Take my hand and lead me, Father
(includes refrain)

if you do not hear the tune, click here.

Take my hand and lead me, Father, 
through life's stormy pilgrimage. 
Let thy light shine brighter, Father, 
on its dark, mysterious page, 
for I find my feet oft straying 
from the path of truth and right, 
feel the need of thy protection, 
and thy light to shine more bright. 

                                                Take my hand, take my hand, for I cannot see my way. 
                                                Take my hand, take my hand, for I cannot see my way. 
                                                Guide me to those heavenly mansions, 
                                                guide me to those mansions, 
                                                there to live through endless day. 

For the road is rough and stony, 
and I cannot see my way. 
Yet, if thou wilt deign to guide me 
with thine own resplendent ray, 
I can never, never stumble, 
but shall walk close to thy side, 
with a love so pure and trusting
that no sin can ever divide. 

Hold my hand in thine, O Father, 
till I reach the heavenly gates. 
There I'll leave my cross and burden, 
for my star-gemmed crown awaits. 
Then I'll sing in strains of rapture, 
in the light of perfect day, 
thou didst deign to guide me, Father, 
and hast led me all the way.

#601 in Hymnal: A Worship Book

for version without refrain

Words: Gertrude Flory, Sowing and Reaping, 1889 
Tune: William Beery, Sowing and Reaping, 1889

            This is one of the early hymns by prolific Brethren composer William Beery. When it was first published, it was set for a solo voice with piano accompaniment. The original refrain, deleted from the 1925 and 1951 Brethren hymnals, has been reinstated. Although no credit was given to any author until The Brethren Hymnal (1951), this was a "mistake, which though corrected by the composer, was unknown to the general public" (Statler, Fisher 1959).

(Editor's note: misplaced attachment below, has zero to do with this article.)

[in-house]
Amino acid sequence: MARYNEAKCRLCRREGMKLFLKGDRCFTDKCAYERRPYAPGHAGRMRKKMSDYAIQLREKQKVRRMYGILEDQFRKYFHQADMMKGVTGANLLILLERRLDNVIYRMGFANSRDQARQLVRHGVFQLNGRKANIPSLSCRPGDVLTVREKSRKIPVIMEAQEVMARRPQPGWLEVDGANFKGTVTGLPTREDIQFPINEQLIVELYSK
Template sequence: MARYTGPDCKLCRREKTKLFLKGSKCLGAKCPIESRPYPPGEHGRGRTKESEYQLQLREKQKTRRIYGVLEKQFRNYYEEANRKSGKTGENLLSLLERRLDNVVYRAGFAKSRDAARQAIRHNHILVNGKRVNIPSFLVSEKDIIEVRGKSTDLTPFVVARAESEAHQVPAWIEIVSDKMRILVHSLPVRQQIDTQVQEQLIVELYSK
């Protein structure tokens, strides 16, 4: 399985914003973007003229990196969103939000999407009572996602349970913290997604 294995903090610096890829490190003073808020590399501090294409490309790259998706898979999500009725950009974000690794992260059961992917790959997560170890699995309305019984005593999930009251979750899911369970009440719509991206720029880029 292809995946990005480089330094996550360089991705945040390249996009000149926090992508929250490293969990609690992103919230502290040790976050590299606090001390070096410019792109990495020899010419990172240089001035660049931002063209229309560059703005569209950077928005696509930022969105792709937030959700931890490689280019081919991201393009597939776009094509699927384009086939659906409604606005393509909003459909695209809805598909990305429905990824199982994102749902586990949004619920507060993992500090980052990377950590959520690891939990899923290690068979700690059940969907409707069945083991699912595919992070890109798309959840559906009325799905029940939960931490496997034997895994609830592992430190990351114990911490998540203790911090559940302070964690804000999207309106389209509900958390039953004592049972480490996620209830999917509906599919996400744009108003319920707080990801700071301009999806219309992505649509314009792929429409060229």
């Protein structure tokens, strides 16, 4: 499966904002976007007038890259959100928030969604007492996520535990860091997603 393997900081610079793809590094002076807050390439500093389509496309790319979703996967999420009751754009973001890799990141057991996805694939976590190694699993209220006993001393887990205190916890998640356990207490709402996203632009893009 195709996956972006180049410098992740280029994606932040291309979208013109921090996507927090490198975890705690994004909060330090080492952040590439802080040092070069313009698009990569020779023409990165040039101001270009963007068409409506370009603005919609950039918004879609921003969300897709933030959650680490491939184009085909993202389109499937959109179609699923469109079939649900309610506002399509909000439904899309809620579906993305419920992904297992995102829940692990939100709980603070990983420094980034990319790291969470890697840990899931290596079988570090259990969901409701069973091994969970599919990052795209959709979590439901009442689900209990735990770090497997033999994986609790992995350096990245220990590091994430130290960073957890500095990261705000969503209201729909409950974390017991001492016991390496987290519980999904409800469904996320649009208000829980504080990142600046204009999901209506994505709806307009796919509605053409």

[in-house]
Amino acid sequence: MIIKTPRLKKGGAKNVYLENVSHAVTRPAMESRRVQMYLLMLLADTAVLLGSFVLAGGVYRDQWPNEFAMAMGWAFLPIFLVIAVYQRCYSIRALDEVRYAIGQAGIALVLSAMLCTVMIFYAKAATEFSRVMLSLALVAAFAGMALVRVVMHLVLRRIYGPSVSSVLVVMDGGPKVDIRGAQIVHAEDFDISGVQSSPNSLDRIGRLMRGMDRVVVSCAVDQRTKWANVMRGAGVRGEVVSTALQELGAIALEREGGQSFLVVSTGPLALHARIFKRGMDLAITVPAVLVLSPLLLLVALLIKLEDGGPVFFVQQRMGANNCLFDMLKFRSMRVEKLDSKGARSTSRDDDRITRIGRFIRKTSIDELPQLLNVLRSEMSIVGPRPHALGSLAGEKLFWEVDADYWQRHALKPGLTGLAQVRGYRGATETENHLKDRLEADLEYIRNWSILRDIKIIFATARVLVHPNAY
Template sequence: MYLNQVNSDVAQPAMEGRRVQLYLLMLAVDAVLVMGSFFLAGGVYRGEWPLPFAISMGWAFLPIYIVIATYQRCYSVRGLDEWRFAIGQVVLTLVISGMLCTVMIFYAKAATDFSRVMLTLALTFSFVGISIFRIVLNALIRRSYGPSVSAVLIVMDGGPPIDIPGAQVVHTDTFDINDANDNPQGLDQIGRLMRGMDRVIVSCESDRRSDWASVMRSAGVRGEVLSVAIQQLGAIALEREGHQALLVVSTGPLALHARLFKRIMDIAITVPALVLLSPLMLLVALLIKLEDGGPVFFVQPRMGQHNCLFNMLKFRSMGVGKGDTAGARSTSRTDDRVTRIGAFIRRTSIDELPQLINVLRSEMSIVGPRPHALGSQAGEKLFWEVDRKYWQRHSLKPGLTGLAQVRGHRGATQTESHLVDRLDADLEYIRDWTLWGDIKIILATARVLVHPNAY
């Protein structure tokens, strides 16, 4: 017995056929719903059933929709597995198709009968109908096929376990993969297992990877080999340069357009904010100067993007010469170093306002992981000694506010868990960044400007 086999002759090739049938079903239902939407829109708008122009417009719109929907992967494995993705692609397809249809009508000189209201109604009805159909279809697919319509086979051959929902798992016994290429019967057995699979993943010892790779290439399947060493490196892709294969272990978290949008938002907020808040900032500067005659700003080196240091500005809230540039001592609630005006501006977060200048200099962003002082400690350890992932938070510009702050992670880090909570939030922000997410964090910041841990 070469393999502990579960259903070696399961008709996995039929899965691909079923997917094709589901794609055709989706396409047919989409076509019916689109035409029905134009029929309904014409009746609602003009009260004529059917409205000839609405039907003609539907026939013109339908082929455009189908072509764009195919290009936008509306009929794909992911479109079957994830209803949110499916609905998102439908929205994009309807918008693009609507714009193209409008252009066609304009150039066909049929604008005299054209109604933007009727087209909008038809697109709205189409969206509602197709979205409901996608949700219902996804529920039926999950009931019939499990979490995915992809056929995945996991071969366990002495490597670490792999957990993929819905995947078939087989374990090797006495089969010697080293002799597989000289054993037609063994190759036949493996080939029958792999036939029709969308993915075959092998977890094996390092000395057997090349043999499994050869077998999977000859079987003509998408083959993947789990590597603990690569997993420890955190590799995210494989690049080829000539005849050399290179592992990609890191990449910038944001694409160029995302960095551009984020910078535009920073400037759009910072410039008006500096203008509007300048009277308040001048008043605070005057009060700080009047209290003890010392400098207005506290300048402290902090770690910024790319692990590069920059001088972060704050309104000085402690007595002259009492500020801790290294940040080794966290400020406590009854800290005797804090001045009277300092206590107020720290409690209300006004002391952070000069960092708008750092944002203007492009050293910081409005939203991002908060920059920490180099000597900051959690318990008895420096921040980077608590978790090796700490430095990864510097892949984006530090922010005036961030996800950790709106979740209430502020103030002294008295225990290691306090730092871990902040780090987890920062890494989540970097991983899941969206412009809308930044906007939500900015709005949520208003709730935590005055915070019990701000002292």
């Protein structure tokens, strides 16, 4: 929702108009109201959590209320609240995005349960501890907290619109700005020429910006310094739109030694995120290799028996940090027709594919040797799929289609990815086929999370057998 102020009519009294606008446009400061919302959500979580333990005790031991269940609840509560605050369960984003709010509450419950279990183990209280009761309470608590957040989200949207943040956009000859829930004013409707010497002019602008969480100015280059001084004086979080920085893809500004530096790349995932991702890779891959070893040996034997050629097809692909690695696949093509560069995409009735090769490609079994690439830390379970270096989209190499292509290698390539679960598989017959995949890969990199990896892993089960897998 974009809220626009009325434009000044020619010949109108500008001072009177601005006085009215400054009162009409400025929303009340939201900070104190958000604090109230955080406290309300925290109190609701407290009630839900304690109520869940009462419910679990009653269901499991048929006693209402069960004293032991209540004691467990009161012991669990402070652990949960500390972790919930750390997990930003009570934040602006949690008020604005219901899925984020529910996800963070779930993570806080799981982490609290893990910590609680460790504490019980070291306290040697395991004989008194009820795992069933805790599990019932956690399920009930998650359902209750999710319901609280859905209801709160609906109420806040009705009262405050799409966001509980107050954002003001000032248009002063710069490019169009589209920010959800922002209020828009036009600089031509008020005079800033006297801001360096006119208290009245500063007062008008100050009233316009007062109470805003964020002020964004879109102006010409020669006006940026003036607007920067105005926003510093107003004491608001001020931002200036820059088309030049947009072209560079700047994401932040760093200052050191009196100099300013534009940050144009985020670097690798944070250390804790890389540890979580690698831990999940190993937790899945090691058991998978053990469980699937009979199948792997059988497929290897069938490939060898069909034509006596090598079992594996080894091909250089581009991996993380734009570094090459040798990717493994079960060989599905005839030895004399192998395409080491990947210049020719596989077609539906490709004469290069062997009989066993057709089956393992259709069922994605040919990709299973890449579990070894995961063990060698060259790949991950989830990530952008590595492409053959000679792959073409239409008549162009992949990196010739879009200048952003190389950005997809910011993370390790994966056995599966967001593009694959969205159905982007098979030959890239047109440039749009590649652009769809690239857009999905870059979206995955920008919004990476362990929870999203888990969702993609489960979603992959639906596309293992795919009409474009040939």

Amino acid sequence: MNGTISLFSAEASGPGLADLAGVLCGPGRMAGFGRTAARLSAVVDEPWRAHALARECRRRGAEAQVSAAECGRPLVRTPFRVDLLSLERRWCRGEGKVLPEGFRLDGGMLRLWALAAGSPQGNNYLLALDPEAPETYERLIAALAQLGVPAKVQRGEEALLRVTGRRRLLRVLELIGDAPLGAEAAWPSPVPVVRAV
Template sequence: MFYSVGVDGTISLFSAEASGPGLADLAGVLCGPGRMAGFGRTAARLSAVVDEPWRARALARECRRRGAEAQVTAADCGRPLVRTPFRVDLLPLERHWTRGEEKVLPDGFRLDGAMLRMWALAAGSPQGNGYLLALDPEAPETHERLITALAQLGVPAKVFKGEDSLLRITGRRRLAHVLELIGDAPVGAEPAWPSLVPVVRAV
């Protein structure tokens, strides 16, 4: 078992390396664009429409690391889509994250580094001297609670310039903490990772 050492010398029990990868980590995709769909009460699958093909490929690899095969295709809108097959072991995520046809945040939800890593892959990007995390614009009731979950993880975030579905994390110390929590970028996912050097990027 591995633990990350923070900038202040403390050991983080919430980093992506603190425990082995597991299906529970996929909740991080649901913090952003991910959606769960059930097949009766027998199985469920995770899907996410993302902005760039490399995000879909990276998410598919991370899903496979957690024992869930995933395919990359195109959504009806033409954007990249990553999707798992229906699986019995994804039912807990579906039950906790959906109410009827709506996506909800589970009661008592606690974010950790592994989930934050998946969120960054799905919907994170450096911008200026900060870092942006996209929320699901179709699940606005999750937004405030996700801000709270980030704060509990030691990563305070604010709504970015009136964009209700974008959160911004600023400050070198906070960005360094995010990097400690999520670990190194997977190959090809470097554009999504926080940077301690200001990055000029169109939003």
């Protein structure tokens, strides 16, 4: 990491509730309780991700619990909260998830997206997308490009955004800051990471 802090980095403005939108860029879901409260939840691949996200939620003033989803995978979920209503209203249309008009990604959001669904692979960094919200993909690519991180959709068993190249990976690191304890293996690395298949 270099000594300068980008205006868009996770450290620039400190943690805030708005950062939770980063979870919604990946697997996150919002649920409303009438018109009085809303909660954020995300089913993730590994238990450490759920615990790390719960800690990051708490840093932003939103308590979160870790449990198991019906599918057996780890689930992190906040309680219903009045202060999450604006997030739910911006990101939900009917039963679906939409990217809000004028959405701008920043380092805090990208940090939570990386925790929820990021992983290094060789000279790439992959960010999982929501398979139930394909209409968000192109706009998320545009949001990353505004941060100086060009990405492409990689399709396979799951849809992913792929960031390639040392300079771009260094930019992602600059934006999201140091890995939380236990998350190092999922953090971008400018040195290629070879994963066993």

The hymn had no tune name until 1951 when it was dubbed HUNTINGDON for the town where William Beery lived and taught at Juniata College in Pennsylvania. That tune name had been used earlier by J. C. Ewing for his text "Christian, the morn breaks sweetly o'er thee." At that time Ewing was William Beery's music teacher.
            A fermata has been added and the original, even, eighth-note patterns changed to dotted eighth and sixteenth notes in some places to conform to what has become common practice in singing this hymn. These dotted rhythms should be sung in a relaxed manner with the feeling of triplets. The refrain may be sung after each stanza or at the conclusion of all three stanzas.

from Hymnal Companion

return to "Hymns, Psalms, and Spiritual Songs" webpage

return to Long Green Valley Church "Worship" page